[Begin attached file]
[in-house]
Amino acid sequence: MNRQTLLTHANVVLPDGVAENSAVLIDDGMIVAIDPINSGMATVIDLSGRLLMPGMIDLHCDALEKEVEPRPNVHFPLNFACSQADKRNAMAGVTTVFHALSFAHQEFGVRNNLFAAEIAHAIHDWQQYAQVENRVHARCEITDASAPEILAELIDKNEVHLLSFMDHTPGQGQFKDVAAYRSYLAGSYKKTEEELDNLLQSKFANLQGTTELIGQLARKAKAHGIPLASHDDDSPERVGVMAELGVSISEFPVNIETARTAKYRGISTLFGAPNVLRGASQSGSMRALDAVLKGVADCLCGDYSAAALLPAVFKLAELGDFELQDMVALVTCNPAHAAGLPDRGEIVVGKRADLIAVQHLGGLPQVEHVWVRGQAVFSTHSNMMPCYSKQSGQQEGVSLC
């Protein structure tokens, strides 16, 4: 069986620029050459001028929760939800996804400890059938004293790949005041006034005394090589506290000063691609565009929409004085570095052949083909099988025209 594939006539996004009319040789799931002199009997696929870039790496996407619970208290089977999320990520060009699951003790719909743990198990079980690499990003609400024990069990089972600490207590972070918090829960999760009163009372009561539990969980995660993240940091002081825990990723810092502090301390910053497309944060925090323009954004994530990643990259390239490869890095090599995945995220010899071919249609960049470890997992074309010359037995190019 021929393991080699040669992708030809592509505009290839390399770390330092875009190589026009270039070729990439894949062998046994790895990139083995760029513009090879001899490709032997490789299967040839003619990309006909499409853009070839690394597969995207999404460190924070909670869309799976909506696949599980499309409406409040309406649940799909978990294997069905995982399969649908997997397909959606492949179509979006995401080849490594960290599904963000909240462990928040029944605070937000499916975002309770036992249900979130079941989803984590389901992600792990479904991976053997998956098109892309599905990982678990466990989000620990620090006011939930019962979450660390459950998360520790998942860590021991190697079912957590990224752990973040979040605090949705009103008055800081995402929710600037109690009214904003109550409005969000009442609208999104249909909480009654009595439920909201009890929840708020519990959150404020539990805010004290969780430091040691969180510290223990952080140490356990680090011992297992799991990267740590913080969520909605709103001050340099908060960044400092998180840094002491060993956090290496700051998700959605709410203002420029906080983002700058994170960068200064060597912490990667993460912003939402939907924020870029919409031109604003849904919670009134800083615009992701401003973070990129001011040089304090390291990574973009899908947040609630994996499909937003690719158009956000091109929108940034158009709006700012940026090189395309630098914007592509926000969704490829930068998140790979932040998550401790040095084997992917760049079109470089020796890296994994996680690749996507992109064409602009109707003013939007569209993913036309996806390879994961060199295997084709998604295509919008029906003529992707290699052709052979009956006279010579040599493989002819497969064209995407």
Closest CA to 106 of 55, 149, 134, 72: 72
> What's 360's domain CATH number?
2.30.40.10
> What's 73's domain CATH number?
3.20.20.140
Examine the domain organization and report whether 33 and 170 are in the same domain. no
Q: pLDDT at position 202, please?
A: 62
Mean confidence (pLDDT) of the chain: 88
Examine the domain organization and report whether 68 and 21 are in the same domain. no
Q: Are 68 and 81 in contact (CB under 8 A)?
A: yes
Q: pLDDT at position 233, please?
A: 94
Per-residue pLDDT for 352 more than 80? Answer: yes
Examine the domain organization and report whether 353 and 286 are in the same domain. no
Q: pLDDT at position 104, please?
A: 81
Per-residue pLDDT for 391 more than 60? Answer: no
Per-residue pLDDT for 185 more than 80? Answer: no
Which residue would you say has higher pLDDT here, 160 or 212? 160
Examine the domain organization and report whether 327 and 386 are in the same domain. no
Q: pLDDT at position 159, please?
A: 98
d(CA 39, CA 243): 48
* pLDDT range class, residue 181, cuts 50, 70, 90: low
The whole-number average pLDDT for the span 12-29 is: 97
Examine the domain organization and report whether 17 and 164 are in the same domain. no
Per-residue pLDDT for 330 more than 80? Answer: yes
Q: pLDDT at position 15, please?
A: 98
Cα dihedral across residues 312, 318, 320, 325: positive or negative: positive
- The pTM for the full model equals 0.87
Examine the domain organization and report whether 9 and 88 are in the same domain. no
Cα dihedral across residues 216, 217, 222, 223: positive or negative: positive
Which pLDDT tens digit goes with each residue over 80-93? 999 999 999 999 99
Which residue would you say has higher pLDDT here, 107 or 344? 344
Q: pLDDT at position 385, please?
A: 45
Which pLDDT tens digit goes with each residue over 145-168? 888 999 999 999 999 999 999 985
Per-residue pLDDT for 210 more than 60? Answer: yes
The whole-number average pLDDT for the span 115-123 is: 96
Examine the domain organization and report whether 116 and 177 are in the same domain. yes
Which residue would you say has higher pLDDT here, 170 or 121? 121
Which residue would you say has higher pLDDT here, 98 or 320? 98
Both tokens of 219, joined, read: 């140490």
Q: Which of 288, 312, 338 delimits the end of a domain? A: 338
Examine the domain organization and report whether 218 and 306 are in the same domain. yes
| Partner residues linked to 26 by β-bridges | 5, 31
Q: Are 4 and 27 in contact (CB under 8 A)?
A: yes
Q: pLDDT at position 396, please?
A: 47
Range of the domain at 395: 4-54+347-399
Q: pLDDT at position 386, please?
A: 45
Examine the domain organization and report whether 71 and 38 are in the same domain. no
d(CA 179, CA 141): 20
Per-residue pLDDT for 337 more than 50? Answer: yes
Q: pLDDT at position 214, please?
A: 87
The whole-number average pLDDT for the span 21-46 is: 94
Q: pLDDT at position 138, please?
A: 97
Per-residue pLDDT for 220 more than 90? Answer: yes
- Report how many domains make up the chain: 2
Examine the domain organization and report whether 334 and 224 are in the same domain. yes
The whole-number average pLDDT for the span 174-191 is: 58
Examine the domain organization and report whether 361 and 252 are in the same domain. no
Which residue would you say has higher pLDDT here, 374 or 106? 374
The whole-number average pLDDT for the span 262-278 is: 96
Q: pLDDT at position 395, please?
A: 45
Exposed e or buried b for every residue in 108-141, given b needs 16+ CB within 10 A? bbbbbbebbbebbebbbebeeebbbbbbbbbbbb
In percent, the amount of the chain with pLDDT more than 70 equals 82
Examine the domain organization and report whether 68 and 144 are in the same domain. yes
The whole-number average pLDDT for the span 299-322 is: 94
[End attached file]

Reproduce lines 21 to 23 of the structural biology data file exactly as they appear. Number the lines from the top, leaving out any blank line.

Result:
A: 81
Per-residue pLDDT for 391 more than 60? Answer: no
Per-residue pLDDT for 185 more than 80? Answer: no